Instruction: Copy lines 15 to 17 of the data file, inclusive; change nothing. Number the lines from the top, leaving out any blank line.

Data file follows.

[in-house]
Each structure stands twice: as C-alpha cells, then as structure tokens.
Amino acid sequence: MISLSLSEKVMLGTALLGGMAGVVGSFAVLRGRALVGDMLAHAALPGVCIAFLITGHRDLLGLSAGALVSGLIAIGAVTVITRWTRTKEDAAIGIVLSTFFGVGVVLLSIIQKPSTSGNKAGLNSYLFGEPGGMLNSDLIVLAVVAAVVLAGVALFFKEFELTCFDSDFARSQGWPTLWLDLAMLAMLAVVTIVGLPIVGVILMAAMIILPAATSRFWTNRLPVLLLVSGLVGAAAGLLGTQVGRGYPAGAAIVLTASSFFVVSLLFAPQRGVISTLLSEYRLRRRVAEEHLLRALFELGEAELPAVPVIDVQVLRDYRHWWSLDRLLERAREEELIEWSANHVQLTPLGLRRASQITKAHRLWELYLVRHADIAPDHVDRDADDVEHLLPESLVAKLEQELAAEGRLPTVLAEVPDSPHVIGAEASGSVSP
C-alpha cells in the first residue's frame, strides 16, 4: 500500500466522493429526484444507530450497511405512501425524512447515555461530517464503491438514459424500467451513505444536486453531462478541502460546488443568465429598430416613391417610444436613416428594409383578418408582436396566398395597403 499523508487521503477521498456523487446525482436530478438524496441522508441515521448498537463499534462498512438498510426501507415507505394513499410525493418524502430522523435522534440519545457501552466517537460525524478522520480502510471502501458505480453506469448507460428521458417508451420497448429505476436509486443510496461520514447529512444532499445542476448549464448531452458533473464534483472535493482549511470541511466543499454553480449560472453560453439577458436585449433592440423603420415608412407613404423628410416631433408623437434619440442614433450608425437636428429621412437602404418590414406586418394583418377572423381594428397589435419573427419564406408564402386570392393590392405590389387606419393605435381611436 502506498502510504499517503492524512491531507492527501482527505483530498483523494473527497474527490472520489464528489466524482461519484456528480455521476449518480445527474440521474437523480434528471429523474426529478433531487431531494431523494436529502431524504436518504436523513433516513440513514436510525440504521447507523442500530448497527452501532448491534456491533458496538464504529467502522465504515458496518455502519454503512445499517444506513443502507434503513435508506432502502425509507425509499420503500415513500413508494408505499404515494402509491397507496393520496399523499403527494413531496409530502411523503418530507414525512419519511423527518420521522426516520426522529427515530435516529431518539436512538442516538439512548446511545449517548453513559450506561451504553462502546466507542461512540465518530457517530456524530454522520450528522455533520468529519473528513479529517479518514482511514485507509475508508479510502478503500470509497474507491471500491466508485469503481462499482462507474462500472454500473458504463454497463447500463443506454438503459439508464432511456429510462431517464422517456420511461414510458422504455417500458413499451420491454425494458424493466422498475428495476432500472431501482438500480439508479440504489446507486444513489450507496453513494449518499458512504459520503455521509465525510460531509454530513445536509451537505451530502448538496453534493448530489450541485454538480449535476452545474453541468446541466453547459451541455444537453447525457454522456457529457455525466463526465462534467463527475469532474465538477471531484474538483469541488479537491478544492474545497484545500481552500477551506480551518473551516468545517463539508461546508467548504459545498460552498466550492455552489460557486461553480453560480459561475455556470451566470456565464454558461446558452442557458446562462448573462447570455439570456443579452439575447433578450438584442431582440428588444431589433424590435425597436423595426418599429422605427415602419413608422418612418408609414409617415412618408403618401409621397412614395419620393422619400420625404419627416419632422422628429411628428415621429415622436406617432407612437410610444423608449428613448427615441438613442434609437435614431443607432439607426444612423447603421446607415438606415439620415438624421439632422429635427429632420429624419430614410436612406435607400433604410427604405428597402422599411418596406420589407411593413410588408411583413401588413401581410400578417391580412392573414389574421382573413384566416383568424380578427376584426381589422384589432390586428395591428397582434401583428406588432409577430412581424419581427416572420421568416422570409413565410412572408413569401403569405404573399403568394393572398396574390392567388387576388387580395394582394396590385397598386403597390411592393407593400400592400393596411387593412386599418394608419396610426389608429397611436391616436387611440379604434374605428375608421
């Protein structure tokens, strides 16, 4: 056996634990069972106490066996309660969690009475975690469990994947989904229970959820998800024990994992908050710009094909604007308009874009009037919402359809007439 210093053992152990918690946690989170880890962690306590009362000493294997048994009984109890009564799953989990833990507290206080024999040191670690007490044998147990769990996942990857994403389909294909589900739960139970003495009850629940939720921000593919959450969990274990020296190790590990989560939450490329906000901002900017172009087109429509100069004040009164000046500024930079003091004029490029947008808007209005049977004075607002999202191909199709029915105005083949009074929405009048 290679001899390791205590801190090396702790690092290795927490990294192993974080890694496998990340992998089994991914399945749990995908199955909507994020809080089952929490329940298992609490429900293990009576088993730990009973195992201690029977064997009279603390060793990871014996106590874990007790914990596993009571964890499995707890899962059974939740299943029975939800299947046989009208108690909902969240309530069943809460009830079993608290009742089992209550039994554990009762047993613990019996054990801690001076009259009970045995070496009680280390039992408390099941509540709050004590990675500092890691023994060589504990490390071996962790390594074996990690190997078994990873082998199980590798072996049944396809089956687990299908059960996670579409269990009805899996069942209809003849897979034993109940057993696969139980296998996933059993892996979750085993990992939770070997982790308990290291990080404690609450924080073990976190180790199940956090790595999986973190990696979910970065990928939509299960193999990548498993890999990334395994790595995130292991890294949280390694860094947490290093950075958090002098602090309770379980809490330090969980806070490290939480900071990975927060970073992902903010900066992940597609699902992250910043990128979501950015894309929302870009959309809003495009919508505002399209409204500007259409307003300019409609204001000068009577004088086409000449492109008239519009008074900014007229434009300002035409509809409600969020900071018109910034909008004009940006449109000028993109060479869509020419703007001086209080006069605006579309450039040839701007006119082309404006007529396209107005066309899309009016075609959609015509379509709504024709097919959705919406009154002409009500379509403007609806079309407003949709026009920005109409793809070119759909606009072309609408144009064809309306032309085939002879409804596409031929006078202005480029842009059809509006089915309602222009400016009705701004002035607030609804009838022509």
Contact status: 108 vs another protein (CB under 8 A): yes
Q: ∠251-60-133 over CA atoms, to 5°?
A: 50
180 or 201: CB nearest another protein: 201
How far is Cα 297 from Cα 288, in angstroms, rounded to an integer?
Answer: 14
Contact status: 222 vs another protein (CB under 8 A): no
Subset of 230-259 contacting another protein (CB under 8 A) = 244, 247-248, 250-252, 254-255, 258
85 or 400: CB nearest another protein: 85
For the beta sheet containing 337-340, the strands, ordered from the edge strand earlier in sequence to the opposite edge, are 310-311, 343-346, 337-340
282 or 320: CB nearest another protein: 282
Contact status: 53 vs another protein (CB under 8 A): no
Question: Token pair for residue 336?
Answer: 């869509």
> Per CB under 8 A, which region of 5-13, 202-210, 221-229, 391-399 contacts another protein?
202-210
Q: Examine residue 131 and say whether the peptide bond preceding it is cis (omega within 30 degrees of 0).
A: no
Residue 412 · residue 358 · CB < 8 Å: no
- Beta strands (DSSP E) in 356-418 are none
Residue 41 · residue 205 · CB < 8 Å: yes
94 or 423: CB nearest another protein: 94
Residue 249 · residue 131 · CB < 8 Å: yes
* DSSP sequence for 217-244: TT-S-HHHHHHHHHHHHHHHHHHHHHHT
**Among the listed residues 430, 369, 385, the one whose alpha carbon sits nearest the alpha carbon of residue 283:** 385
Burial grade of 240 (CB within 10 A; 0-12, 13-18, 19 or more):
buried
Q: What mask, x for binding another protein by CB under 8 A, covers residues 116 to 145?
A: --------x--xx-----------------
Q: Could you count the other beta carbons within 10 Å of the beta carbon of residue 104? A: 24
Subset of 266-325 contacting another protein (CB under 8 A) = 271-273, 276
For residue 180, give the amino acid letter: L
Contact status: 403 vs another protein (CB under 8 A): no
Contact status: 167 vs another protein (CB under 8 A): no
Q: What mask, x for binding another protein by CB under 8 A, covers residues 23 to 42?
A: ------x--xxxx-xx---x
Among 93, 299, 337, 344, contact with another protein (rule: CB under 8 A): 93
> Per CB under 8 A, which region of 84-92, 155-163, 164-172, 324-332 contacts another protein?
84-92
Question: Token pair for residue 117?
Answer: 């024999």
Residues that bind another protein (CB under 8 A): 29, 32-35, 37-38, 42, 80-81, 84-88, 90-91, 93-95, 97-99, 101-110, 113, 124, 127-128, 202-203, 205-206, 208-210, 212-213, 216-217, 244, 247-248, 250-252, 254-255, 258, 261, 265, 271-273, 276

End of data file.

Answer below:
For the beta sheet containing 337-340, the strands, ordered from the edge strand earlier in sequence to the opposite edge, are 310-311, 343-346, 337-340
282 or 320: CB nearest another protein: 282
Contact status: 53 vs another protein (CB under 8 A): no